The first record of a New College eight is in 1840, with another appearance in 1852. Only from 1868 did the college start to fully represent itself on the river. Since then, NCBC held Head of the River in Eights in 1887 and during most of the time between 1896 and 1904 (baring only 1900 and 1902). We head Torpids head in 1882, 1896, and during 1900-04.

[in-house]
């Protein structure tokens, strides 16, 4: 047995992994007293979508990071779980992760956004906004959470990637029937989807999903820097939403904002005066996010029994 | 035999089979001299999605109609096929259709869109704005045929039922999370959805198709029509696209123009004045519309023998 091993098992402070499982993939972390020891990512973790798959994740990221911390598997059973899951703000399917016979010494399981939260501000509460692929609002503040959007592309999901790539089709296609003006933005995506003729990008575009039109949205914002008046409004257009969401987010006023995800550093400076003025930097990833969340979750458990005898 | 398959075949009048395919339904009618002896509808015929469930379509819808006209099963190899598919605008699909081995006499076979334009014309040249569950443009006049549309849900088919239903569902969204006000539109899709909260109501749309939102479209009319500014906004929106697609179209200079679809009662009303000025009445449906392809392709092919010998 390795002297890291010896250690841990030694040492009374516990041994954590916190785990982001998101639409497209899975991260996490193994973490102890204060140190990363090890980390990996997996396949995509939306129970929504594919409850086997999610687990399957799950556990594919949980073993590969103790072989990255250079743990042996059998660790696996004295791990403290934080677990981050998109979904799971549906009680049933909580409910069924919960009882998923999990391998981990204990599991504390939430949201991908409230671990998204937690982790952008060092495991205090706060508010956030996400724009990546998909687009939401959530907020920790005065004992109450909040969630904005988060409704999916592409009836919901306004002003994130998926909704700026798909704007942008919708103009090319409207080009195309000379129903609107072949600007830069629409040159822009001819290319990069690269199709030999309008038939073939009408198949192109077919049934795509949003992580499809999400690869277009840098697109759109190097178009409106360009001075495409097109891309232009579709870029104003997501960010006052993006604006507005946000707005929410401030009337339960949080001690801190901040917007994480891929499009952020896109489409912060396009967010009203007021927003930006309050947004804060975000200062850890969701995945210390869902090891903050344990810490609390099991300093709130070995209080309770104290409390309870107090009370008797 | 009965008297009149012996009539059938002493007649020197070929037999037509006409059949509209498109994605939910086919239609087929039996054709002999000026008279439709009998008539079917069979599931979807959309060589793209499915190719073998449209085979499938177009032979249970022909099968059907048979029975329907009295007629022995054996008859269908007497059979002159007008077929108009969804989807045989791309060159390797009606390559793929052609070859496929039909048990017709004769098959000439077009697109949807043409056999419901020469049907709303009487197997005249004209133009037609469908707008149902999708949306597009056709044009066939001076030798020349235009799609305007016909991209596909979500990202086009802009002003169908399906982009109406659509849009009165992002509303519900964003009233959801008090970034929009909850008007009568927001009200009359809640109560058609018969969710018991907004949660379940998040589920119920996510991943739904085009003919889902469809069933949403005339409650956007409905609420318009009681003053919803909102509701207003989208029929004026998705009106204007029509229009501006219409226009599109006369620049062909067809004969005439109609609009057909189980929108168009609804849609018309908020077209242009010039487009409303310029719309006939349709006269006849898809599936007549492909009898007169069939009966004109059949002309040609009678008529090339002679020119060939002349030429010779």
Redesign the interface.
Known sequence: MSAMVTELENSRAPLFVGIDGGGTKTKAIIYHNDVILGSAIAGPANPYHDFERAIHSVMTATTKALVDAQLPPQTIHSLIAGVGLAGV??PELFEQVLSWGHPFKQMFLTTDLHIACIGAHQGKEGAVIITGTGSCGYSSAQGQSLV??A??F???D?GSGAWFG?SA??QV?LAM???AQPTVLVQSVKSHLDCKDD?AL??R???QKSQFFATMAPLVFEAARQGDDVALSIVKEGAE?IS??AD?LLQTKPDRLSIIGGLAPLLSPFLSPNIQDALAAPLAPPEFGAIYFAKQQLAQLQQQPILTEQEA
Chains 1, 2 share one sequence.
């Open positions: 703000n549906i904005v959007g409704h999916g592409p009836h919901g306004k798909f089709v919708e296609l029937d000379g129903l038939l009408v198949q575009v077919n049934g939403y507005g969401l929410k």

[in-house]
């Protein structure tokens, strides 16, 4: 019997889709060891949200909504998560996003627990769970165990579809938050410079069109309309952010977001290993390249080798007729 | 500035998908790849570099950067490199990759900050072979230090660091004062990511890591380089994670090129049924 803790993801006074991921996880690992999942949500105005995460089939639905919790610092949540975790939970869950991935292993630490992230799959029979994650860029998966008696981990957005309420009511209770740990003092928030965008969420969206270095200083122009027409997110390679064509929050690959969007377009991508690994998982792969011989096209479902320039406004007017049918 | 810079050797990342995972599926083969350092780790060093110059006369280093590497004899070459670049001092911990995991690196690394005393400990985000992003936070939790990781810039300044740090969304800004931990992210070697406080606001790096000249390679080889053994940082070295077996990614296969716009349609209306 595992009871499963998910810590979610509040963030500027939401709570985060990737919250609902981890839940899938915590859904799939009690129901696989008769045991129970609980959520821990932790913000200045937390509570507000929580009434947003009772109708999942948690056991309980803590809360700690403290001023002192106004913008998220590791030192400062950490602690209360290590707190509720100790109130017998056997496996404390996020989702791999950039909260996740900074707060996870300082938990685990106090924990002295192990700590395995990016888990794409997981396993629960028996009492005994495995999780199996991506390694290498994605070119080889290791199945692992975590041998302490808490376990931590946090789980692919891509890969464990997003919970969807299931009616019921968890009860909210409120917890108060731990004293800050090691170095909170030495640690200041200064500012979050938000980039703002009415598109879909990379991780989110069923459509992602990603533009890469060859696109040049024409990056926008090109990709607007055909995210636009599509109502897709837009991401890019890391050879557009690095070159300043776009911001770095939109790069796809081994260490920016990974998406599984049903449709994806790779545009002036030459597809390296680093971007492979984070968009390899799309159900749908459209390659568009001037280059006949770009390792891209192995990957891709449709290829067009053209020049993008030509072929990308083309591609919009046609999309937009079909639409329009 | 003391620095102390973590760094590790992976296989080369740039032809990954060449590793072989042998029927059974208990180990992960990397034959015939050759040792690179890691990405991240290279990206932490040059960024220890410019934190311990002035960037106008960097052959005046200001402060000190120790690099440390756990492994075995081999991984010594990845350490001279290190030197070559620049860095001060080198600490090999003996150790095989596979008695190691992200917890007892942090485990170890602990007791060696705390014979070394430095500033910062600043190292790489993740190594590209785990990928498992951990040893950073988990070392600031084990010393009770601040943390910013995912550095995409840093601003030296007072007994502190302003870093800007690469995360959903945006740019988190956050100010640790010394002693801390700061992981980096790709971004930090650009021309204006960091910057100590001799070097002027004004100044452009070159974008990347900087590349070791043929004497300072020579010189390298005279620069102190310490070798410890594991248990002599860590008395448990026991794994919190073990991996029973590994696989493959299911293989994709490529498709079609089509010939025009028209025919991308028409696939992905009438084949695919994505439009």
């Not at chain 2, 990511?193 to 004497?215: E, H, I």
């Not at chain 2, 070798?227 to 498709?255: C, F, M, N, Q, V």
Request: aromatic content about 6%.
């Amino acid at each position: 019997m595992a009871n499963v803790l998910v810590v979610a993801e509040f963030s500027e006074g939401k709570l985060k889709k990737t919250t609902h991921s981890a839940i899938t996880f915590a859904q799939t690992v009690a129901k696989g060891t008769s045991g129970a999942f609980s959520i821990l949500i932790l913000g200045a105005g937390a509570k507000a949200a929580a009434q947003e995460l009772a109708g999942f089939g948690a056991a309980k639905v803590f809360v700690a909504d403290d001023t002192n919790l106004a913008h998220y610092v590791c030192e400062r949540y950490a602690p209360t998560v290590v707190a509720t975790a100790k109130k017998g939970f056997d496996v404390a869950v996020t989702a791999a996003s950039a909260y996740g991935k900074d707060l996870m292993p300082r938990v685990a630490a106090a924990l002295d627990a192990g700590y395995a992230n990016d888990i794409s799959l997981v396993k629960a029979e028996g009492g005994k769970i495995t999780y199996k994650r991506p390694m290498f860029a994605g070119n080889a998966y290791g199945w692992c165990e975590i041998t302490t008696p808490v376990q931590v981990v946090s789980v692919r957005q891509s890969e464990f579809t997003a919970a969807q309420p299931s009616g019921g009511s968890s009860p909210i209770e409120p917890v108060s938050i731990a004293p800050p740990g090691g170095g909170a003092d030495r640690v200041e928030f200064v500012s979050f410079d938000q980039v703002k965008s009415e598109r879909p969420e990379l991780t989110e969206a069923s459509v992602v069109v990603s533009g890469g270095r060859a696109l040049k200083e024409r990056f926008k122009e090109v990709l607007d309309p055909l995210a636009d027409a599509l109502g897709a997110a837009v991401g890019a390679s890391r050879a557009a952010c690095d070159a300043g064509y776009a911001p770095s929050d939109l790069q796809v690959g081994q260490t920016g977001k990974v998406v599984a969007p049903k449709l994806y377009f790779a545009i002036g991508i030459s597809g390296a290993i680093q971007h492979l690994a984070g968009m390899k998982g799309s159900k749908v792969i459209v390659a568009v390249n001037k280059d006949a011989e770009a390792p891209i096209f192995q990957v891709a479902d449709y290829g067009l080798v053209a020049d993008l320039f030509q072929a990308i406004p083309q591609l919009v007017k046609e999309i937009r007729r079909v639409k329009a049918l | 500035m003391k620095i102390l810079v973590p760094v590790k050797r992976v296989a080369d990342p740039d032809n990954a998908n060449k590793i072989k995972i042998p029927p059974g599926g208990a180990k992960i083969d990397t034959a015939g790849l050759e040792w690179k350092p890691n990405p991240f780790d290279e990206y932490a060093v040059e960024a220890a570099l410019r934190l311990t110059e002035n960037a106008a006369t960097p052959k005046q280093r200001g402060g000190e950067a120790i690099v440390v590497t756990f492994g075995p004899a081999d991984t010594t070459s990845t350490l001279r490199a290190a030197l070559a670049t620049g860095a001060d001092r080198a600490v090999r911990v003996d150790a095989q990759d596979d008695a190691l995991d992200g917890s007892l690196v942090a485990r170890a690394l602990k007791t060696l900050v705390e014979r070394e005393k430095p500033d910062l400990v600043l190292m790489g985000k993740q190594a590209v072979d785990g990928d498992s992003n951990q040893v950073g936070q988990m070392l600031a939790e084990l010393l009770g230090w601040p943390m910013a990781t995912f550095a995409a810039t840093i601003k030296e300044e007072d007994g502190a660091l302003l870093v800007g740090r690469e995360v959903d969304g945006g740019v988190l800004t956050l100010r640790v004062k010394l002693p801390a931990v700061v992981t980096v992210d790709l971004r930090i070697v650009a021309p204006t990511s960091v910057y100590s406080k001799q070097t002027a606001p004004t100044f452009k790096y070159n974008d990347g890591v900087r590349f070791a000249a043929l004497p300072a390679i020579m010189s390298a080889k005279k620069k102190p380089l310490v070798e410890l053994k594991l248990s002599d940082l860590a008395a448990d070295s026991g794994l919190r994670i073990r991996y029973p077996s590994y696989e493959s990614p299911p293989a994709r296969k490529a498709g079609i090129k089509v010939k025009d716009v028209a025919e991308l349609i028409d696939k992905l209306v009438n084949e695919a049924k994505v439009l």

It might be observed that NCBC's colours don't match those of the other New College sports teams. In fact there is a story about how we were supposed to have obtained our vibrant purple and gold, which it is tradition to pass on orally to every new generation of novices when they join. It goes as follows: In 1912, NCBC was chosen to represent Great Britain at the Summer Olympics in Stockholm. As it happened, there was another British crew made up of a mixture of Magdalen and Leander men, and both this crew and NCBC made their way to the final. Now the course in Stockholm actually had a clear discrepancy between its two lanes: one would require the cox to avoid a protruding boathouse. Thus, before the race, a toss was made for the lanes. New College won the toss, and following tradition, offered the choice of lanes to their opponents, who would - as gentlemen - refuse the offer. But the Leander-Magdalen crew instead took the offer and chose the better lane, going on to win the gold. The words of our stroke Robert Bourne as New College crossed the line in silver medal place remain today as the NCBC toast: 'God Damn Bloody Magdalen!'. It's said that King Gustav V of Sweden was so disheartened by the behaviour of the Leander-Magdalen crew towards NCBC that he presented, as consolation, the colours of the Swedish coat of arms to the club: purple and gold.